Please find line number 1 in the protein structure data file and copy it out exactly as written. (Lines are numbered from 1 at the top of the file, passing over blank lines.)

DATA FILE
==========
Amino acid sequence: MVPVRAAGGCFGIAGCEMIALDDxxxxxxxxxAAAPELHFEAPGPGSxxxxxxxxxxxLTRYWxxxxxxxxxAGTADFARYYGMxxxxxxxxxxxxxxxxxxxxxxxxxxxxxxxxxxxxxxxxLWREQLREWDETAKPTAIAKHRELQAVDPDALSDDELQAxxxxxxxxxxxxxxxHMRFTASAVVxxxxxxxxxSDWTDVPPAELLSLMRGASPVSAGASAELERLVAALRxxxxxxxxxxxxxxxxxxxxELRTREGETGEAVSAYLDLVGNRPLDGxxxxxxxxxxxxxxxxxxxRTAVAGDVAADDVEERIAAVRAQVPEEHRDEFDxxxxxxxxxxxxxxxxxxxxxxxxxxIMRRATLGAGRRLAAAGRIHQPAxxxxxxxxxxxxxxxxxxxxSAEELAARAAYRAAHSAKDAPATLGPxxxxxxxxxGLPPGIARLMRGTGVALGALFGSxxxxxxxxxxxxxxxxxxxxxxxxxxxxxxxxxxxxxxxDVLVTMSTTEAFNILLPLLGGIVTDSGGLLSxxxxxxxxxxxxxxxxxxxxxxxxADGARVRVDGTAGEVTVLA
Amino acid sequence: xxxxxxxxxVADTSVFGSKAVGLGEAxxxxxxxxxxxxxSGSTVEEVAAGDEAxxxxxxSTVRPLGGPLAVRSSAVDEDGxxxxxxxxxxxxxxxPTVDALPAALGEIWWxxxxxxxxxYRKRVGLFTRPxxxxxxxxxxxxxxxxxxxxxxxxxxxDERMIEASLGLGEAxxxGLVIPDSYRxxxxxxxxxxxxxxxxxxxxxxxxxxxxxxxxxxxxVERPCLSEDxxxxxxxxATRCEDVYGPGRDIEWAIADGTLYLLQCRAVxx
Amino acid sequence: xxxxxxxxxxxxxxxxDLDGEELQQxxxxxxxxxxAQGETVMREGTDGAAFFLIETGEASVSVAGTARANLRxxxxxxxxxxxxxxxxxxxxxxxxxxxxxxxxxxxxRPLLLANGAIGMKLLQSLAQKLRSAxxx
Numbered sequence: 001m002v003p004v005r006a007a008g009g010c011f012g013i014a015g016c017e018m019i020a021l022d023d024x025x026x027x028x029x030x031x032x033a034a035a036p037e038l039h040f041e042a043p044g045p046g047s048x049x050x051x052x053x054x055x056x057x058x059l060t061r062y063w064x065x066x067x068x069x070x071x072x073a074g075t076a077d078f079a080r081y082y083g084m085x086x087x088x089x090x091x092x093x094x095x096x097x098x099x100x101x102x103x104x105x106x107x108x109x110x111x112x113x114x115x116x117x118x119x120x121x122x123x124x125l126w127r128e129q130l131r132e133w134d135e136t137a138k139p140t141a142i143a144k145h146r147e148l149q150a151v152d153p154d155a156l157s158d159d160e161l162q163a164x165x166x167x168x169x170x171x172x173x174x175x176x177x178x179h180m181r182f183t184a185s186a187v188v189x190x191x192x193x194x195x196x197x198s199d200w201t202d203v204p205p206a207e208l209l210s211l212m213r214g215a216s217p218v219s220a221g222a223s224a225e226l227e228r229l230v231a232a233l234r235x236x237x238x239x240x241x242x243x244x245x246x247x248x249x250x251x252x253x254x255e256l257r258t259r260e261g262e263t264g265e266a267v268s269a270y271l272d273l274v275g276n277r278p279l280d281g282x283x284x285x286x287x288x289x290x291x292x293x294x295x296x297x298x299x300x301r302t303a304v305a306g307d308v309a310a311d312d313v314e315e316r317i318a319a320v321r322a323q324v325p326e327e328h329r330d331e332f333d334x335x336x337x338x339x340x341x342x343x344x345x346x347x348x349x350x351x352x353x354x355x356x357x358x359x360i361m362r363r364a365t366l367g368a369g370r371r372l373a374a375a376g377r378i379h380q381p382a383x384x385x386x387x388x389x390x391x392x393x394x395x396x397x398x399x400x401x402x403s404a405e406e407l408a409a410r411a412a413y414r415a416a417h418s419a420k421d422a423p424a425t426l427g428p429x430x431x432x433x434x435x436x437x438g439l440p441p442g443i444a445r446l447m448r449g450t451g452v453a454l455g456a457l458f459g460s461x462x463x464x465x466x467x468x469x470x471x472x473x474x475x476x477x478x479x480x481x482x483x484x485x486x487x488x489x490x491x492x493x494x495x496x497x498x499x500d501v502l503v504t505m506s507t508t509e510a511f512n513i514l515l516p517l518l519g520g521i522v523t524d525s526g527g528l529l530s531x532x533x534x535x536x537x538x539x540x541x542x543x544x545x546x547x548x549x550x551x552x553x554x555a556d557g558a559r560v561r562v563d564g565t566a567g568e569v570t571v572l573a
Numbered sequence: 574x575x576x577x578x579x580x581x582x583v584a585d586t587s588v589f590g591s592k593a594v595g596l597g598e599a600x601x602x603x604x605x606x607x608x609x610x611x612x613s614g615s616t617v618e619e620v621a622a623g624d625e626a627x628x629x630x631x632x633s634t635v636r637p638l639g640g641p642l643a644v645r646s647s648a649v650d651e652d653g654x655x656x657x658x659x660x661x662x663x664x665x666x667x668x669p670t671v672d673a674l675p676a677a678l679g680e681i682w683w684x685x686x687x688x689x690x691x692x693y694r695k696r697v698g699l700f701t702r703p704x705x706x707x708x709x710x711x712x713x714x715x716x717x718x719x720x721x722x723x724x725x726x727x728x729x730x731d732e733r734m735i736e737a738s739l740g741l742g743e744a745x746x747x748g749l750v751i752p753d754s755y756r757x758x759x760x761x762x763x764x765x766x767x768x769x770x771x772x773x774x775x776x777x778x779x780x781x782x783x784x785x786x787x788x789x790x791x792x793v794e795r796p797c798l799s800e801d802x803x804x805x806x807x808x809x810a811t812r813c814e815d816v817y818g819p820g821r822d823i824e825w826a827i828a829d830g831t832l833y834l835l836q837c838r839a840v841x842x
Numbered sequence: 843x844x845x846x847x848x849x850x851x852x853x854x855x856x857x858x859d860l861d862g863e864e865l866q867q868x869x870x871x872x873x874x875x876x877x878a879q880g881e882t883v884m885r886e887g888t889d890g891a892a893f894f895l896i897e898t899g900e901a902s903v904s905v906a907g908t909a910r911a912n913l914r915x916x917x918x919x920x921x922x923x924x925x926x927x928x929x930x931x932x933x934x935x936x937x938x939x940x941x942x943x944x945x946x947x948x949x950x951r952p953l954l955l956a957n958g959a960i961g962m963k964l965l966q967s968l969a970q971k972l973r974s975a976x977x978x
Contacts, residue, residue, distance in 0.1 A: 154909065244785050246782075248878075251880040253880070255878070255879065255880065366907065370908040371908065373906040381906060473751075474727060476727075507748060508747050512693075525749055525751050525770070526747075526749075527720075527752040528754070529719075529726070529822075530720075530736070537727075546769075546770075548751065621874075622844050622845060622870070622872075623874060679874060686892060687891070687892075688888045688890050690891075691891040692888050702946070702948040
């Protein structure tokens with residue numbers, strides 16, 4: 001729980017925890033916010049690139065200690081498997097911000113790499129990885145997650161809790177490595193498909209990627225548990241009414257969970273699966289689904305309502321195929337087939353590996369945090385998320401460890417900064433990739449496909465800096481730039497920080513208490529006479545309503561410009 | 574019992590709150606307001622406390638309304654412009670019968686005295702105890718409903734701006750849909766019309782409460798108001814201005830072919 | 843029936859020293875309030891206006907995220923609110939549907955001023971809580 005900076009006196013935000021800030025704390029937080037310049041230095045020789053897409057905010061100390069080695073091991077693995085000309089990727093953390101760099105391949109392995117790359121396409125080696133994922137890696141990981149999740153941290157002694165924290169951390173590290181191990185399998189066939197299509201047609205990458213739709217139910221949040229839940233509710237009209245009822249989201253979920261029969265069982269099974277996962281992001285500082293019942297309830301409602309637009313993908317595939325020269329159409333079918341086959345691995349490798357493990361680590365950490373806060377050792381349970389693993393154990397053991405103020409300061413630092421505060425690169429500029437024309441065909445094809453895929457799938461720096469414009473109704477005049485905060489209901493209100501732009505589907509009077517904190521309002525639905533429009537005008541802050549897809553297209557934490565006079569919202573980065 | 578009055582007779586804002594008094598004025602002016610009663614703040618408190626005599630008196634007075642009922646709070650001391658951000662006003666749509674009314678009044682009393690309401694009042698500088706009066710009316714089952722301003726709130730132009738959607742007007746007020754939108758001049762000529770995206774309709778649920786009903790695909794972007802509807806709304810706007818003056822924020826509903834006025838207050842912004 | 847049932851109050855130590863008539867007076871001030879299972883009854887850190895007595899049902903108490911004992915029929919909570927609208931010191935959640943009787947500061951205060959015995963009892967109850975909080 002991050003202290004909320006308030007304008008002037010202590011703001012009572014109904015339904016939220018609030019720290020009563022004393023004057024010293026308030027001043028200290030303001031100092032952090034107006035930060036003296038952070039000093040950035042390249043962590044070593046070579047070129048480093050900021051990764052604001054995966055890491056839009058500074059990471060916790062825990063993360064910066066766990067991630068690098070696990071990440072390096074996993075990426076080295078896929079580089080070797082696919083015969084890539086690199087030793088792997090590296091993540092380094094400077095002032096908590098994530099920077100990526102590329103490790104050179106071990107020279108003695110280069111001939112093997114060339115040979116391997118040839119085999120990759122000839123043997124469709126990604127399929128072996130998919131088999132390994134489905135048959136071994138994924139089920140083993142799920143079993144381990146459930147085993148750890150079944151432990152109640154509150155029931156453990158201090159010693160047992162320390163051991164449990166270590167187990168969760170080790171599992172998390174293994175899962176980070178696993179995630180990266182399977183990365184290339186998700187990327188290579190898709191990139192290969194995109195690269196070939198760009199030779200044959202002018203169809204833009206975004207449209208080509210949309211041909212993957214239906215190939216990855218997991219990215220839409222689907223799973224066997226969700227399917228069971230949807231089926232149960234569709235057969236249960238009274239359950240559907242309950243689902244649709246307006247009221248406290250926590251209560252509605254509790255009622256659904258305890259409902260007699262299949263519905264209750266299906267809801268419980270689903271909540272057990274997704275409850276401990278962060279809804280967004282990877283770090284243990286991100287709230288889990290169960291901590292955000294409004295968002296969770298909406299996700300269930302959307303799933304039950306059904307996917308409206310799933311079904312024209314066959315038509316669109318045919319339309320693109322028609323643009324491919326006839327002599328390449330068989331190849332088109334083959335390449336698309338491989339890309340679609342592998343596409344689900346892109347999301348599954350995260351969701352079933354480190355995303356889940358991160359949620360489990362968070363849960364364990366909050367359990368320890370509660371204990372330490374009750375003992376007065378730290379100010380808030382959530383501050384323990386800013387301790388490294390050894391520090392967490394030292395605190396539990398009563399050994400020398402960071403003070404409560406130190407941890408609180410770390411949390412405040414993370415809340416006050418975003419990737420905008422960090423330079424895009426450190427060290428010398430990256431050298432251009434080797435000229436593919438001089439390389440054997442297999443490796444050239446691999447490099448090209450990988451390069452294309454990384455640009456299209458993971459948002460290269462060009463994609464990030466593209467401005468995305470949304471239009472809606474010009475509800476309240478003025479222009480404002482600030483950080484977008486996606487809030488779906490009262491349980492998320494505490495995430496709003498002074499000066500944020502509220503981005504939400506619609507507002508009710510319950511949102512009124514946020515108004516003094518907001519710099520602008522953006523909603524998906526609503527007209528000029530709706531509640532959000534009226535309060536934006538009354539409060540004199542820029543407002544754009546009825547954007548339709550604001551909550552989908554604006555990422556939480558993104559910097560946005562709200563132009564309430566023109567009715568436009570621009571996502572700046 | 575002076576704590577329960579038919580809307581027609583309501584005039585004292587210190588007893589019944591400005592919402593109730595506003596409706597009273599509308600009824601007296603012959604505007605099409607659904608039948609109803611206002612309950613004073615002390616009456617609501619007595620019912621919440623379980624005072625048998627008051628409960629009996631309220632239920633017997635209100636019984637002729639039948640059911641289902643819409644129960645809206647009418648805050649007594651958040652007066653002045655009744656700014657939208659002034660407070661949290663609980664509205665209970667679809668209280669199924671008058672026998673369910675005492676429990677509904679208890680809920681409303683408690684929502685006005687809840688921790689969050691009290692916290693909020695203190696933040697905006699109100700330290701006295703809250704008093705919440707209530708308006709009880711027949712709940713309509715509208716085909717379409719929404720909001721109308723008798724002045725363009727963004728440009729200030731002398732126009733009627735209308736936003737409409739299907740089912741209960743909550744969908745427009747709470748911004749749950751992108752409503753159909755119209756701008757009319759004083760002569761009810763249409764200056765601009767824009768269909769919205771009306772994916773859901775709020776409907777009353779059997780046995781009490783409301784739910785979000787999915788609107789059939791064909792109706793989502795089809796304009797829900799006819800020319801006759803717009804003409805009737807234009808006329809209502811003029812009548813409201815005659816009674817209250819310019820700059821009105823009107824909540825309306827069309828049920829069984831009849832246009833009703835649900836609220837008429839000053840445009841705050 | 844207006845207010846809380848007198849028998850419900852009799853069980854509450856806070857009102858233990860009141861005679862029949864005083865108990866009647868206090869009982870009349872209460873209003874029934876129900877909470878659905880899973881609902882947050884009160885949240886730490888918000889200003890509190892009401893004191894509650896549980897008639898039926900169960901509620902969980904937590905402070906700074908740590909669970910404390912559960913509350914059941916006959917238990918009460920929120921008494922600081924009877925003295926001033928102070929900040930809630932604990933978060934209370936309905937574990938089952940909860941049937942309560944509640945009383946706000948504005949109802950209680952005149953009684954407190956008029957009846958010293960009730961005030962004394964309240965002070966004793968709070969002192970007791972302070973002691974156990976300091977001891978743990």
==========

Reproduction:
Amino acid sequence: MVPVRAAGGCFGIAGCEMIALDDxxxxxxxxxAAAPELHFEAPGPGSxxxxxxxxxxxLTRYWxxxxxxxxxAGTADFARYYGMxxxxxxxxxxxxxxxxxxxxxxxxxxxxxxxxxxxxxxxxLWREQLREWDETAKPTAIAKHRELQAVDPDALSDDELQAxxxxxxxxxxxxxxxHMRFTASAVVxxxxxxxxxSDWTDVPPAELLSLMRGASPVSAGASAELERLVAALRxxxxxxxxxxxxxxxxxxxxELRTREGETGEAVSAYLDLVGNRPLDGxxxxxxxxxxxxxxxxxxxRTAVAGDVAADDVEERIAAVRAQVPEEHRDEFDxxxxxxxxxxxxxxxxxxxxxxxxxxIMRRATLGAGRRLAAAGRIHQPAxxxxxxxxxxxxxxxxxxxxSAEELAARAAYRAAHSAKDAPATLGPxxxxxxxxxGLPPGIARLMRGTGVALGALFGSxxxxxxxxxxxxxxxxxxxxxxxxxxxxxxxxxxxxxxxDVLVTMSTTEAFNILLPLLGGIVTDSGGLLSxxxxxxxxxxxxxxxxxxxxxxxxADGARVRVDGTAGEVTVLA